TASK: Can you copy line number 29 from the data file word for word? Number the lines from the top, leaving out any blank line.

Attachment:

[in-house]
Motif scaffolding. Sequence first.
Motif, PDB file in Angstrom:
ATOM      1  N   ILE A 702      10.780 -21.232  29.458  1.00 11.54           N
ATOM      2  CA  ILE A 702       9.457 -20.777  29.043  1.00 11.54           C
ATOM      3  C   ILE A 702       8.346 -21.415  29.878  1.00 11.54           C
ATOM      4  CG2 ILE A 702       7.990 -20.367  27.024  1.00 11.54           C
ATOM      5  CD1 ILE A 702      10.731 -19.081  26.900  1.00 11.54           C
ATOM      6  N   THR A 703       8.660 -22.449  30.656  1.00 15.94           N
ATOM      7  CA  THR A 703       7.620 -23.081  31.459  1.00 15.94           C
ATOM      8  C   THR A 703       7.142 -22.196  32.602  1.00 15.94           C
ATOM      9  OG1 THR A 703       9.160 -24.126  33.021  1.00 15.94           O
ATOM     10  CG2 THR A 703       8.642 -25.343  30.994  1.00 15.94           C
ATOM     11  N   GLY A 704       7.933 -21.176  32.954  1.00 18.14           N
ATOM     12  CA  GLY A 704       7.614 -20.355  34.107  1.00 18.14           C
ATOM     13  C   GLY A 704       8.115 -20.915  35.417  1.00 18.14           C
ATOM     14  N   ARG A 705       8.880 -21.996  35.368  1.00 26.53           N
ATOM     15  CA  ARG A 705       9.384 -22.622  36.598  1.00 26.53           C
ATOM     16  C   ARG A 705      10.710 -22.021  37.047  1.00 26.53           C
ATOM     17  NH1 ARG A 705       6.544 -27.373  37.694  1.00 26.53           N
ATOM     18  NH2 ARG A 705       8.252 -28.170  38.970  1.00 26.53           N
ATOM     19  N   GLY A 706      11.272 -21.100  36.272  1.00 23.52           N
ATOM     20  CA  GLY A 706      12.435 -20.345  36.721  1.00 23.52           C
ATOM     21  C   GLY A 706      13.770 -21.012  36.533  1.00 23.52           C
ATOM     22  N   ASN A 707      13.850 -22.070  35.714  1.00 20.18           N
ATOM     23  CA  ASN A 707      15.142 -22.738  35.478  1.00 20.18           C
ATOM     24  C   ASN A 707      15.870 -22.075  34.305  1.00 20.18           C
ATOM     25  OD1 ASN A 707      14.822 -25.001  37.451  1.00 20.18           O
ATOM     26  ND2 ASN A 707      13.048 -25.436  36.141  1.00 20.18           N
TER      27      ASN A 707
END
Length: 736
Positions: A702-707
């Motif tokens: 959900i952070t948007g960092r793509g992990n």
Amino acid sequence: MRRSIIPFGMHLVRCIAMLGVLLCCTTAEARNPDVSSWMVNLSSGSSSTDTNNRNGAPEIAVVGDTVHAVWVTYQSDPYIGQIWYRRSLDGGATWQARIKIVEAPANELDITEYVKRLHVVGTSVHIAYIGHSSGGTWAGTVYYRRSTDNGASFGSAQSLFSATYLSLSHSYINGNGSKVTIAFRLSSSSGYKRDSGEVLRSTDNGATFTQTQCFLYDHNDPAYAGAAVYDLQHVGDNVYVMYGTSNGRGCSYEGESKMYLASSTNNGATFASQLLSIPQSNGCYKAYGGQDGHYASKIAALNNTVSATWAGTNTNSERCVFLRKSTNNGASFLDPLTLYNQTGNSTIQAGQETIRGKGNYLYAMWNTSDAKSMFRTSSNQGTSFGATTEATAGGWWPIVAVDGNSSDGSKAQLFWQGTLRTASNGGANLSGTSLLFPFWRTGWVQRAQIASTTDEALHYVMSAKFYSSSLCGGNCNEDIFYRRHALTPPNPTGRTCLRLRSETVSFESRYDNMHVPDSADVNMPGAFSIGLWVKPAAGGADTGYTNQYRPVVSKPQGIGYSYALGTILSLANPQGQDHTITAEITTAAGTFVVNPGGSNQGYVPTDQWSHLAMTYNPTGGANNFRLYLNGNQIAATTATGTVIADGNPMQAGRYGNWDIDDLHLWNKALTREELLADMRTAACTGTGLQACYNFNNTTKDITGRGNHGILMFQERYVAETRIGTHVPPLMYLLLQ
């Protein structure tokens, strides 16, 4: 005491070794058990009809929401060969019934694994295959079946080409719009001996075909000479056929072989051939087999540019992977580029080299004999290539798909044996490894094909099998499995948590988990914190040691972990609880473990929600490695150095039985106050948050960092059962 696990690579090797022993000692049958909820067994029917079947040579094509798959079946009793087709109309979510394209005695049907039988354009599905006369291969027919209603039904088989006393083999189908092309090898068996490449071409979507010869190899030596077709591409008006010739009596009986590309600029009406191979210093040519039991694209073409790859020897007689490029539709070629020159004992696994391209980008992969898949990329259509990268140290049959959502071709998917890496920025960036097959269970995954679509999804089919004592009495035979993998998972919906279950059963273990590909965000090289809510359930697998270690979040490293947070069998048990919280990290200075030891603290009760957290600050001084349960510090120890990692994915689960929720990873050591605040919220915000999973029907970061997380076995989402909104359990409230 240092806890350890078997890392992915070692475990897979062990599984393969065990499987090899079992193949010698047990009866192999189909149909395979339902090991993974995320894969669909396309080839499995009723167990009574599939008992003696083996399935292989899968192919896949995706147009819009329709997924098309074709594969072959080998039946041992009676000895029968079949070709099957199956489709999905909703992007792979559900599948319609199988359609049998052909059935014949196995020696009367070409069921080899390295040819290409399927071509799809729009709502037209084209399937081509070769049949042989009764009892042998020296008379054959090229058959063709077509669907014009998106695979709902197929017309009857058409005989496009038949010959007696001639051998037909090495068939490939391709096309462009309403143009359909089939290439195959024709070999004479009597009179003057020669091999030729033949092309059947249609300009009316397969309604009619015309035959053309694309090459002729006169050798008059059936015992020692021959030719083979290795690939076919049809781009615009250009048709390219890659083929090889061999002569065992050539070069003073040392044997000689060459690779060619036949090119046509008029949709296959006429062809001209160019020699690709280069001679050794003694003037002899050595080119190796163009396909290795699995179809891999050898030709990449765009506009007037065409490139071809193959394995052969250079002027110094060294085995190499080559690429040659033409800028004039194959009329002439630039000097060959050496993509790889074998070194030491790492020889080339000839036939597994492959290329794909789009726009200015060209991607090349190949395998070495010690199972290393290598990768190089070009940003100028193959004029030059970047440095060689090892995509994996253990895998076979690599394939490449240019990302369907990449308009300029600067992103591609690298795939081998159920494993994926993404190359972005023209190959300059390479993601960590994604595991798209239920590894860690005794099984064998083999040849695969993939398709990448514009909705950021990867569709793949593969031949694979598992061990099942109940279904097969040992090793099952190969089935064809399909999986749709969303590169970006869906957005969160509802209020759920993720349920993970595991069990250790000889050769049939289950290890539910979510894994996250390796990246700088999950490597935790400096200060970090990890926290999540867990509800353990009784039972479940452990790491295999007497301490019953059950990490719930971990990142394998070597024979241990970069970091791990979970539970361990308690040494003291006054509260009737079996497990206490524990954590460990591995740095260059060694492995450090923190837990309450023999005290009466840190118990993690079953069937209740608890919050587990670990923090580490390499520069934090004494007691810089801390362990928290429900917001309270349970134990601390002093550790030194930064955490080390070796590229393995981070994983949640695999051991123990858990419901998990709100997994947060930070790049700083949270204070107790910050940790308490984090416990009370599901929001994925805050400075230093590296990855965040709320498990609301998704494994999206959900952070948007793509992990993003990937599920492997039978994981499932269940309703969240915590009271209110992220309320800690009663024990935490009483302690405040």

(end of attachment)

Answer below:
ATOM     26  ND2 ASN A 707      13.048 -25.436  36.141  1.00 20.18           N